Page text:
A Rotorua mother jailed this week for suffocating her baby while drunkenly sleeping was thought to have been "coping" by Child, Youth and Family before the tragedy.
The agency was unaware Ngaire Kura Tukiwaho had given birth to Tahi Elvis Edwards, who died at just 2 months old as she slept on him in the back of a parked car after a day of drinking in January last year.
Social Development Minister Paula Bennett has ordered an investigation into the circumstances surrounding the death.
Three years earlier, Tukiwaho, 30, lost a 1-month-old son, Hoani Benino, to cot death and was advised of safe sleeping practices.
"It appears there was a level of dysfunction in this household that we were not aware of," CYF head Bernadine MacKenzie said.
Throughout her pregnancy with Tahi, and also while she carried her other children, she drank excessively at least once or twice a week. On at least one occasion she drank to the point of vomiting.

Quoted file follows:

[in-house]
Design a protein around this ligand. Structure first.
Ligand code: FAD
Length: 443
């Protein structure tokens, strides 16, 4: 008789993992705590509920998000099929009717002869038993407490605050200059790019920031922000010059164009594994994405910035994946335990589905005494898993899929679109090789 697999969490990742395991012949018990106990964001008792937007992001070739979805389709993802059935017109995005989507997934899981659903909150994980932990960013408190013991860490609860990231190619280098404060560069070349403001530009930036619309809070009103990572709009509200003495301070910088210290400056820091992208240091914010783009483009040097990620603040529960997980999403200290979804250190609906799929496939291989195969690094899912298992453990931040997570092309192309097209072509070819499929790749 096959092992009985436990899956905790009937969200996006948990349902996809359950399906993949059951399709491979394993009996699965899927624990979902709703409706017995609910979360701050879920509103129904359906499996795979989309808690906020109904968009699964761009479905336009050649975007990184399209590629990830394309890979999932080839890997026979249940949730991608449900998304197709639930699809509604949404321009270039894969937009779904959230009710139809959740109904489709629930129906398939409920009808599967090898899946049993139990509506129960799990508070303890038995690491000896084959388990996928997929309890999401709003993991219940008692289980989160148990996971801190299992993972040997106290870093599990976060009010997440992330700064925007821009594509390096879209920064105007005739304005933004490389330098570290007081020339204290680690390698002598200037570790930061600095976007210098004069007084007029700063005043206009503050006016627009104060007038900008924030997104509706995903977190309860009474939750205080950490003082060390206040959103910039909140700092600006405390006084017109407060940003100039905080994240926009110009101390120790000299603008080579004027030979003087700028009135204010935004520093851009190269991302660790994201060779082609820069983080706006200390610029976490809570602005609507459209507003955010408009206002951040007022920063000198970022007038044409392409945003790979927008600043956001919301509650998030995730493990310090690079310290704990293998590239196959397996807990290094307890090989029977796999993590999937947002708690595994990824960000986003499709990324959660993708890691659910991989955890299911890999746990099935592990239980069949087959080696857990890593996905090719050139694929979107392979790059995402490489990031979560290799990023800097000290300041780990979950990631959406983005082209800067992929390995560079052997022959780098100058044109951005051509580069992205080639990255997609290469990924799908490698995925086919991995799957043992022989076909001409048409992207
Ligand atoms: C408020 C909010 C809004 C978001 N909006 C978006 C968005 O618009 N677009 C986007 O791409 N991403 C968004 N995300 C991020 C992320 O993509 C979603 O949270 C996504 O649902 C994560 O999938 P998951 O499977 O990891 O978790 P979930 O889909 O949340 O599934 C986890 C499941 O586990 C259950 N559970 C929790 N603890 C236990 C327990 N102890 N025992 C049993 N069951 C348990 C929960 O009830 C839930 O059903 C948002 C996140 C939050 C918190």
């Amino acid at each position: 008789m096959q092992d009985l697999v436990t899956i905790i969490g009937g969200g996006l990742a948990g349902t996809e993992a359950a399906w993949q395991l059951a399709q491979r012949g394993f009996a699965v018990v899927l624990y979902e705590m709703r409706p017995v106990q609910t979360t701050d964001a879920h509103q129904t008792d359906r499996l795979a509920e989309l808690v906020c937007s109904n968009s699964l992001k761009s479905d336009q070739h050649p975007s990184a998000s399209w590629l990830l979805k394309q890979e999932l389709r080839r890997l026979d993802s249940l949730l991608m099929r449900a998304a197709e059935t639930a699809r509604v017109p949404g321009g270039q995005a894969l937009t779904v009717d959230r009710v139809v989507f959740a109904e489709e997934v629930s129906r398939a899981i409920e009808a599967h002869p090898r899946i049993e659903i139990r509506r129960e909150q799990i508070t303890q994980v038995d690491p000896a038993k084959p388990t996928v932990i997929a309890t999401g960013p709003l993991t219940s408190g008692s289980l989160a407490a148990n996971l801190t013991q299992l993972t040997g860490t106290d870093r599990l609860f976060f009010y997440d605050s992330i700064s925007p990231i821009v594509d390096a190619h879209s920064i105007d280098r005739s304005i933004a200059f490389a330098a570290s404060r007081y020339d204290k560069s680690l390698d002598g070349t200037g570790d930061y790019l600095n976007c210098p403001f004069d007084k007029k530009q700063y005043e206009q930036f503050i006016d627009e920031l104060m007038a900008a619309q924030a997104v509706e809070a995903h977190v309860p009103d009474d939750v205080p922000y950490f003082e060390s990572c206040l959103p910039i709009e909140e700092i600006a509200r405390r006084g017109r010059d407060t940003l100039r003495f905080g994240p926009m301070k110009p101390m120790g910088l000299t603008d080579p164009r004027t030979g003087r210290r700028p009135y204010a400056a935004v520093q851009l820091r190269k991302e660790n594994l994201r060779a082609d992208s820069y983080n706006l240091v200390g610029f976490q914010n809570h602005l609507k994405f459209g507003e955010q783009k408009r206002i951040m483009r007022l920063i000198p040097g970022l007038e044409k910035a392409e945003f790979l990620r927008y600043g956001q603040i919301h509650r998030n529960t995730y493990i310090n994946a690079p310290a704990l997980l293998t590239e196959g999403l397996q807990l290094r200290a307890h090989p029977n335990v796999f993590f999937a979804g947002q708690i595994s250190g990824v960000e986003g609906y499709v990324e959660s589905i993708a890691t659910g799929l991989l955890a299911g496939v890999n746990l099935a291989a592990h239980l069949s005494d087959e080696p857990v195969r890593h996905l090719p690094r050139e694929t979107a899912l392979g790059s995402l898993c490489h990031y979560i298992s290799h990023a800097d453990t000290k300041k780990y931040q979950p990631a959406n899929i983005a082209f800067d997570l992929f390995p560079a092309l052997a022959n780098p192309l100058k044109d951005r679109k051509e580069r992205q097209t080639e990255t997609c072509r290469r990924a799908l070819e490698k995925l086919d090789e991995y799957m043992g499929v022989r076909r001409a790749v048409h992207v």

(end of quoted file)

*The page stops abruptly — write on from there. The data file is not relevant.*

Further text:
On the day before Tahi died, she drank throughout the day while breast-feeding her son intermittently.
In a written response to the Herald, Ms MacKenzie said CYF had been involved with Tukiwaho in 2008 after concerns about her two eldest children.
At that time, CYF was also advised of Hoani's death.
"CYF worked closely with the wider whanau to ensure supports were in place for the mother.
"We ceased our involvement once we believed she had the support she needed and was coping," Ms McKenzie said.
CYF was not alerted to the fact Tukiwaho had given birth to Tahi in late 2010, she said.
In 2007, CYF had previously taken into its custody two children which the boy's father had with another woman.
After Tahi's death, two of his siblings were taken into the care of members of Tukiwaho's family, as was a third child she gave birth to later that year.
Ms MacKenzie described Tahi's death as "tragic" and has launched an "immediate investigation" at Ms Bennett's request.
"Evidence which has emerged during the course of the trial into Tahi Edwards' death has raised concerns for all of us."
CYF would be investigating its own practice and talking with others involved with the family "to get to the bottom of this".
Tukiwaho will receive counselling for alcohol and be eligible for parole after completing one third of her 25-month sentence.